Another tumultuous week of trading in asset markets is raising hopes for a peak in the U.S. dollar and a bottom in precious metals.
The Federal Reserve note spiked again versus the euro and other troubled foreign currencies on Monday before pulling back sharply mid-week. Metals markets moved predictably in the opposite direction.
Gold and silver continue to be rattled by hawkish Fed pronouncements that defy deteriorating economic data. The story central bankers have been telling with aggressive rate hikes is that the U.S. economy – especially the jobs market – is running hot.
But the latest GDP report released Thursday confirms that the economy is shrinking. The final revision to gross domestic product for the second quarter shows it declined by 0.6%. That's two consecutive quarters of negative GDP growth.
And in the third quarter, trillions of dollars in wealth have been erased from stock and bond markets amid relentlessly rising rates.
The extent of the damage that will be inflicted on the housing market remains to be seen. But mortgage rates recently spiking to as high as 7% translates into a massive drop in affordability – which will translate into a massive plunge in buying until prices correct. Most experts predict a double-digit drop in average home prices.
What have Jerome Powell and company gotten themselves into? Longtime Fed watchers are perplexed at the Fed's manic efforts to cool an economy that is careening toward a deep recession.
Obviously, central bankers are trying desperately to restore their inflation-fighting credibility. They became a laughingstock after so wrongly and stubbornly insisting inflation was transitory and leaving ultra-loose monetary policy in place for way too long. The markets wised up the reality that the Fed doesn’t take its mandate to promote price stability the least bit seriously.
Now the Fed is using monetary blunt force to try to command the respect of investors. But by hiking rates faster than market were prepared to bear, the Fed is demonstrating that it simply lacks any ability to competently set interest rates.
Instead of smoothing out the business cycle – like economic textbooks state central banks are supposed to do – Fed policymakers are amplifying the boom-bust cycle. They inflate asset bubbles with artificial stimulus, then prick them when they capriciously decide to take away stimulus. And sometimes with disastrous results on both ends of the deal.
Of course, one of the main arguments for replacing the classical gold standard with a fiat standard controlled by central bankers is that gold causes boom-bust cycles. Central planners overseeing the economy would tame the animal spirits and foster stability. Or so we were told.
But under the discipline of a gold standard, debt-fueled excesses in markets and in government spending never reached the epic proportions they have under the centrally managed fiat currency regime.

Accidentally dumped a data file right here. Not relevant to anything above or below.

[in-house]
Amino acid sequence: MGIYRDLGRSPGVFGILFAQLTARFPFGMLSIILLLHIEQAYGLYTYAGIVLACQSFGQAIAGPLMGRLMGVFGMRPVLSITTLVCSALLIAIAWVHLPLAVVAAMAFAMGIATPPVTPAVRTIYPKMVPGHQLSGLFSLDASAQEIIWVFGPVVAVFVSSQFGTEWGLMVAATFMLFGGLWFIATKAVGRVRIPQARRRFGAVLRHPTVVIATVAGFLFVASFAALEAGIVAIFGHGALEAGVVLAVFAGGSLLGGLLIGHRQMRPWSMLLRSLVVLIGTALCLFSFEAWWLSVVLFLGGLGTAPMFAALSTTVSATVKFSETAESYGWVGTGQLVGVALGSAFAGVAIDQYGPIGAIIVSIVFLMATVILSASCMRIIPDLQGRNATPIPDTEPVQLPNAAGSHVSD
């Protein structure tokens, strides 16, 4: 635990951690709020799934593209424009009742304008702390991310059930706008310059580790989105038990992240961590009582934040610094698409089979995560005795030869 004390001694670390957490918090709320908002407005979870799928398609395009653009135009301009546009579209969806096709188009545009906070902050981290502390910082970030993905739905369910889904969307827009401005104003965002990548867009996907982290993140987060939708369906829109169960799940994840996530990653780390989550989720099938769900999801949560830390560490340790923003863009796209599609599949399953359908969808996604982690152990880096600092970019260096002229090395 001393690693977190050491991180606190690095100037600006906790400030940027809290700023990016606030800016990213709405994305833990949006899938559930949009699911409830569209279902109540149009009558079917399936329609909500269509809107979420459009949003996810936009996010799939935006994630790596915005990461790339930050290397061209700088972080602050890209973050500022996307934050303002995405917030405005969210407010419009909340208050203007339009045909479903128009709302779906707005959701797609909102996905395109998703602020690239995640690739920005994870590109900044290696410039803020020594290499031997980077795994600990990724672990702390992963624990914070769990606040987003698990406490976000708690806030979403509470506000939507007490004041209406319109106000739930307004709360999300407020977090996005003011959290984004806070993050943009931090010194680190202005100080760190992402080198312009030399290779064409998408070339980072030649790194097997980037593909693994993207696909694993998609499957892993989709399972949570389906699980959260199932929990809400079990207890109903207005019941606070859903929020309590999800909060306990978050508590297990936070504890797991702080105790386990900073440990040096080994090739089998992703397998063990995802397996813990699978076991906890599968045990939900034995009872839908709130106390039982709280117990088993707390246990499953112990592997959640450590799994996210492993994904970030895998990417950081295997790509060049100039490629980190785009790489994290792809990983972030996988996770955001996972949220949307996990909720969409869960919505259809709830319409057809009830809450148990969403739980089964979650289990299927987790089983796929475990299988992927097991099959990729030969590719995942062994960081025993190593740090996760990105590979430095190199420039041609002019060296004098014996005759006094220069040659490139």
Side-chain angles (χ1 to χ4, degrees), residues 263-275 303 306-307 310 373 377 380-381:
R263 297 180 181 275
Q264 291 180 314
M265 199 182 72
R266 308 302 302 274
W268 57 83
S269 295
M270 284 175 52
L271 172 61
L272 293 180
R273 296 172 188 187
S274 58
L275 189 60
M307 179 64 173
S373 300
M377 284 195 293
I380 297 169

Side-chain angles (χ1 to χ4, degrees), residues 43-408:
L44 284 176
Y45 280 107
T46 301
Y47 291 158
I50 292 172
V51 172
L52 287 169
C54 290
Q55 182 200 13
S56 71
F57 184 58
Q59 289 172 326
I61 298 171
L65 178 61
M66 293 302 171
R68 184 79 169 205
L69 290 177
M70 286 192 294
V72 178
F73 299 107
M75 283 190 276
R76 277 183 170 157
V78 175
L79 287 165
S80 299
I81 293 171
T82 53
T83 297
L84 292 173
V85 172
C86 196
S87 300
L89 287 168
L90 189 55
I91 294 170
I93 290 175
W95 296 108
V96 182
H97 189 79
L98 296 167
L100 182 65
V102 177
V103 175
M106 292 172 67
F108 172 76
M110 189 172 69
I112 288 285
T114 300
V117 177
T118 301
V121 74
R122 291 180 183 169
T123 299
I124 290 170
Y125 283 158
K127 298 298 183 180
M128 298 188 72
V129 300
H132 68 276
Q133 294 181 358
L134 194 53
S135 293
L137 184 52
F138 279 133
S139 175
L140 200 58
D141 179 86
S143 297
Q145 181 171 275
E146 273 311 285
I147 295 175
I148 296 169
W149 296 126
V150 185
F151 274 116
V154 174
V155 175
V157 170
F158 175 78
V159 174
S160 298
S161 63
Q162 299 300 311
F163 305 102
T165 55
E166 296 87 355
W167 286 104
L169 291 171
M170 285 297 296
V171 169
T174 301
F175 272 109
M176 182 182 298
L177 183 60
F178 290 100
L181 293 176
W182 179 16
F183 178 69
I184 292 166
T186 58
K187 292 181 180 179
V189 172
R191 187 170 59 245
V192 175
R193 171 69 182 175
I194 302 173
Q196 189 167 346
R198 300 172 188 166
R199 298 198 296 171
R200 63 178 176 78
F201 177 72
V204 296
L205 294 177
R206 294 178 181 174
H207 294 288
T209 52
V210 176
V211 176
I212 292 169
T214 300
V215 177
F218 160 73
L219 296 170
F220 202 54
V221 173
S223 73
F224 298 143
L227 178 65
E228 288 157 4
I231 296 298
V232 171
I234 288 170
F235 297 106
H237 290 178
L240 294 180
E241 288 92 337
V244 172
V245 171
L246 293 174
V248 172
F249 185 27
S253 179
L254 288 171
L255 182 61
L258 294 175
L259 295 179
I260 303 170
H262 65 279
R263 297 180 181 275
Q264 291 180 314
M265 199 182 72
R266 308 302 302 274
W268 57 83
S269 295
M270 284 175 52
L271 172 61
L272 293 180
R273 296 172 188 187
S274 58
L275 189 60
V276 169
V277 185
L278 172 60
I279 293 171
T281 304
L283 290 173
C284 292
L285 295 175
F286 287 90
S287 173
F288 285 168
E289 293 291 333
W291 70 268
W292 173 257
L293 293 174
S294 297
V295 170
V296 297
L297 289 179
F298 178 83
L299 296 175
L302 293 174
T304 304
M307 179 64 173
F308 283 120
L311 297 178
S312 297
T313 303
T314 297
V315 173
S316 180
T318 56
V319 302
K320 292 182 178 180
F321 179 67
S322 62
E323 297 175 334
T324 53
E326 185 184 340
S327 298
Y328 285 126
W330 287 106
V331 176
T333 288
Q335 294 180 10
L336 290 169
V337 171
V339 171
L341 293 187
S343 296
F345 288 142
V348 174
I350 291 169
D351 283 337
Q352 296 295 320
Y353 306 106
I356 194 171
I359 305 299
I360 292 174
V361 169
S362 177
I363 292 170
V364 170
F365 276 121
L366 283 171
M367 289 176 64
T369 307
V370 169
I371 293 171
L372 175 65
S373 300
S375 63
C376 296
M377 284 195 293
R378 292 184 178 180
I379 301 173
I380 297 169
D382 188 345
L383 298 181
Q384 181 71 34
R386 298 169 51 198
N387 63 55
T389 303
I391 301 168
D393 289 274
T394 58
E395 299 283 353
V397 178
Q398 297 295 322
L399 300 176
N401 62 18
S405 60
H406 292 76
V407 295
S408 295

At a time when the Fed's failures have never been more obvious, it is ironic that the Federal Reserve note version of the dollar appears to be stronger than ever – at least when measured on foreign exchange markets. The U.S. dollar's appreciation against the euro, the yen, and other fiat currencies has masked the extent to which it is falling in real terms.
MRCTV recently put headline dollar strength into perspective:
MRCTV: Since 2020, inflation has added $961 per month to the average household's preexisting expenses. Which equates to $11,532 a year, or nearly 19% more for the same standard of living. One must remember, this is for U.S. price increases so far. Now it's possible that the green agenda meets Ukraine fandom, economic self-destruction of many Eurozone nations, and the concomitant devaluation of the euro and European national sub currencies could actually promote the U.S. Federal Reserve note, also known as the dollar, wink, wink. Into a relatively safer position, making it look like a safe haven. But the U.S. government mandates taxation and reckless favoritism have crushed American productivity. So, the old playbook for the U.S. economy looking brighter than others, might not be in the cards.
The Fed made millions of Americans poorer through inflation and is now in the process of potentially making millions jobless as the economy craters under the weight of higher rates.
Of course, at some point central bankers will reverse course and flood markets and the economy with stimulus again. Fed apologists will herald them for coming to the rescue. In reality, they will just be stimulating the next wave of inflation.
The Fed's current tightening campaign has decimated many investors' portfolios and left precious metals bulls frustrated. But gold has, in fact, held up better than stocks and bonds. And silver in recent weeks has begun to show signs of relative strength.
When markets get wind of the Fed's impending dovish turn, the U.S. Dollar Index will likely break sharply to the downside. And amid a bad economy, precious metals could supplant equities as the premier asset class to own among investors who don't want to fight the Fed.
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